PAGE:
Author: Justin
Serves many

1 qt. honey 2 doz. threads saffron, ground in mortar
1/2 - 1 tsp ground ginger 1/2 - 1 tsp ground black (or long) pepper
1/8 tsp ground cloves
1/2 tsp ground anise
~18 oz. plain bread crumbs some ground cinnamon

Heat the honey gradually over medium-low heat until it begins to boil.  Add the saffron, ginger, cloves, anise and pepper, and stir in thoroughly.  Remove from heat.  Gradually add bread crumbs until the mixture is getting quite stiff -- you should be able to stir it into strange shapes, and it should flow little or not at all.  Stop when it gets to this point -- the amount of bread crumbs is an approximation.

Let the mixture cool to the point where you can handle it, but do not cool completely or it will turn rock-hard.  (If it gets too hard, reheat in the microwave.)  Heavily dust a board with cinnamon powder.  Spread some of the mixture on the board, and press it fairly thin -- 1/4 inch or so, ideally.  Spread more cinnamon on top.  Lay wax paper on top, and use a rolling pin to flatten the top.  Cut into diamond shapes by cutting longways in one direction, then diagonally against it.  Cool fully and serve.

Notes and Variations

This comes out as chewy and sweet candy bars.  A modest-sized diamond seems best, since you usually nibble at this.

My original interpretation called for the high end of ginger and pepper above; that was an intense, fiery interpretation of the recipe, which the culinary masochists love but some folks find too intense.  I've found that the low end is more of a crowd-pleaser, but a bit bland to some tastes.  Something in the middle may be ideal.

This started as a very loose interpretation of the Harleian original, below.  That doesn't actually call for ginger, but I like to have ginger in my gingerbread.  It calls for "Box leaves" to be placed on top; I originally didn't know what those are, but they turn out to be a thoroughly unappetizing plant.  And it calls for the gingerbread to be stuck with whole cloves, but that's a little dangerous when serving to a large crowd, since people might not know to remove the cloves, so I put a little clove into the mix.  The serving suggestion of diamond-shaped bars, and the addition of anise to the mix, both come from Hugh Plat's 17th-century gingerbread recipe; that's a rather different recipe, but the hybridizing seems to work well.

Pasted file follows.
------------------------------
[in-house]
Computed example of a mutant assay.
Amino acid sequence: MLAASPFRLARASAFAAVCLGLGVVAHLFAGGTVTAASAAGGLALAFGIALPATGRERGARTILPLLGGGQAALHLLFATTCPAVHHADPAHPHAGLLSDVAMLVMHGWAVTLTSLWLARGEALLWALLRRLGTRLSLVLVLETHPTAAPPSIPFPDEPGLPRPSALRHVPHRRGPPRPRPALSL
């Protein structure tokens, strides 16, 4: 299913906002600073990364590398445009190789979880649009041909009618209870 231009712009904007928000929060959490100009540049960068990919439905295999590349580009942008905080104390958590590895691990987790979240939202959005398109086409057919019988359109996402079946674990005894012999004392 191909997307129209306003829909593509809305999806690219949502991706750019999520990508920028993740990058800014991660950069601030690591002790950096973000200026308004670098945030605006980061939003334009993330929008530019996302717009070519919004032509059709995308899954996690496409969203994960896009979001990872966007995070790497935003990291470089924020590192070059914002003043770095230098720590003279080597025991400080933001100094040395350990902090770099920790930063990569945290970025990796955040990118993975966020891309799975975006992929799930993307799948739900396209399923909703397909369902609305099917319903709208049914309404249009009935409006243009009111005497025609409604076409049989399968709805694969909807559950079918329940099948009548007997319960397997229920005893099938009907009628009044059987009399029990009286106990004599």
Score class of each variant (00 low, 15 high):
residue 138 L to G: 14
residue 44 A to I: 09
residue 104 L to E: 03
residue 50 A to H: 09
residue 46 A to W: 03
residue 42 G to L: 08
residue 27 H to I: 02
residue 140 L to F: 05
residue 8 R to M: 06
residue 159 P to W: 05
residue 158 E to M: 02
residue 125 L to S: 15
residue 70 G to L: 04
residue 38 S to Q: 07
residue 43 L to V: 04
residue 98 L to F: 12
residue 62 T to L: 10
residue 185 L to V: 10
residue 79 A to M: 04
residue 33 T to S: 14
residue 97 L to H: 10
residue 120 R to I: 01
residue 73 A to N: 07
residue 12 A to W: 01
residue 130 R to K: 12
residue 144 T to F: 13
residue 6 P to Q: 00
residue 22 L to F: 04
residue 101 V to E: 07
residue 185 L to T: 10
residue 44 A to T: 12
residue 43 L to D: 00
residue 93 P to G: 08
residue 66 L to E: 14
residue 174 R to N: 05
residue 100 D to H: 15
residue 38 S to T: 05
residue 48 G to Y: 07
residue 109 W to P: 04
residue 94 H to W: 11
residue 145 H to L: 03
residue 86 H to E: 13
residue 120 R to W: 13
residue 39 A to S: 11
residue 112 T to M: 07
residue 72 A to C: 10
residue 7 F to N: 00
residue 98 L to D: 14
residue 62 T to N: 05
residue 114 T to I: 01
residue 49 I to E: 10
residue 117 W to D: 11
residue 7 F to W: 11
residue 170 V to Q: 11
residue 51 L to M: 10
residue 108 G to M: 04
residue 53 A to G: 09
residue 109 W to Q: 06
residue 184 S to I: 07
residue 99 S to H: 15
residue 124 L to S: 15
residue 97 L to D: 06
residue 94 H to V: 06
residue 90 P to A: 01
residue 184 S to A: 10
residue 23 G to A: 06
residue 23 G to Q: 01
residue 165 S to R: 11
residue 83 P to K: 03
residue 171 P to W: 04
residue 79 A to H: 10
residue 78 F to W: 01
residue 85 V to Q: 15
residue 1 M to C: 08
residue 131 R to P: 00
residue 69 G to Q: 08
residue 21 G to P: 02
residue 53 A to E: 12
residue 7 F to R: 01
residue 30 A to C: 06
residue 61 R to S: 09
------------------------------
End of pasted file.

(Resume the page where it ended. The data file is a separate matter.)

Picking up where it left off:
After the May Day reconstruction, Marian pointed me at the Sloane description below.  That notably does not call for box leaves; instead, it calls to put it in a box, or perhaps to make it box-shaped -- that is, square the edges.  Her interpretation is that the later sources got confused, and I'm happy to go with that.  Note that it also explicitly calls for long pepper, rather than black; as of this writing, I haven't tried that yet, but plan on doing so next time.  Also, it specifically says to add saunders (sandalwood) as a coloring agent, which is optional in Harleian; I should try that next time.  It does not call for saffron, which at most contribute a fairly subtle edge to the flavor.  Finally, this version does explicitly call for ginger, which is comforting, since it seems like it should be there.

Reconstructed for the potluck at Falling Leaves '02.  Modified heavily for the dessert board at May Day '05.


From Harleian MS. 279.  Transcription of the original can be found in Take a Thousand Eggs or More, v2 (Cindy Renfrow) pg. 288.  Also in Two Fifteenth Century Cookery Books (Thomas Austin, ed), pg. 34.  Original from the latter:

.iiij.  Gyngerbrede.  -- Take a quart of hony, & sethe it, & skeme it clene; take Safrounm pouder Pepir, & throw ther-on; take gratyd Brede, & make it so chargeaunt that it wol be y-lechyd; then take pouder Canelle, & threw ther-on y-now; then make yt square, lyke as thou wolt leche yt; take when you lechyst hyt, an caste Box leves a-bouyn, y-stykyd the-on, on clowys. And if thou wolt have it Red, coloure it with Saunderys y-now.

From Sloane 121.  Transcription of the original can be found in Curye on Inglish (Hieatt and Butler, ed), pg. 154.  Original:

19  To make gingerbrede.  Take goode honye & clarefie it on the fere, & take fayre paynemayn or wastrel brede & grate it, & caste it into the boylenge honey, & stere it well togyder faste with a sklyse that it tren not to the vessell.  & thanne take it down and put therein ginger, longe pepere & saundres, & tempere it up with thin handes; & than put hem to a flatt boyste & strawe theron suger, & pick therin clowes rounde aboute by the egge and in the mydes, yf it plece you, &c.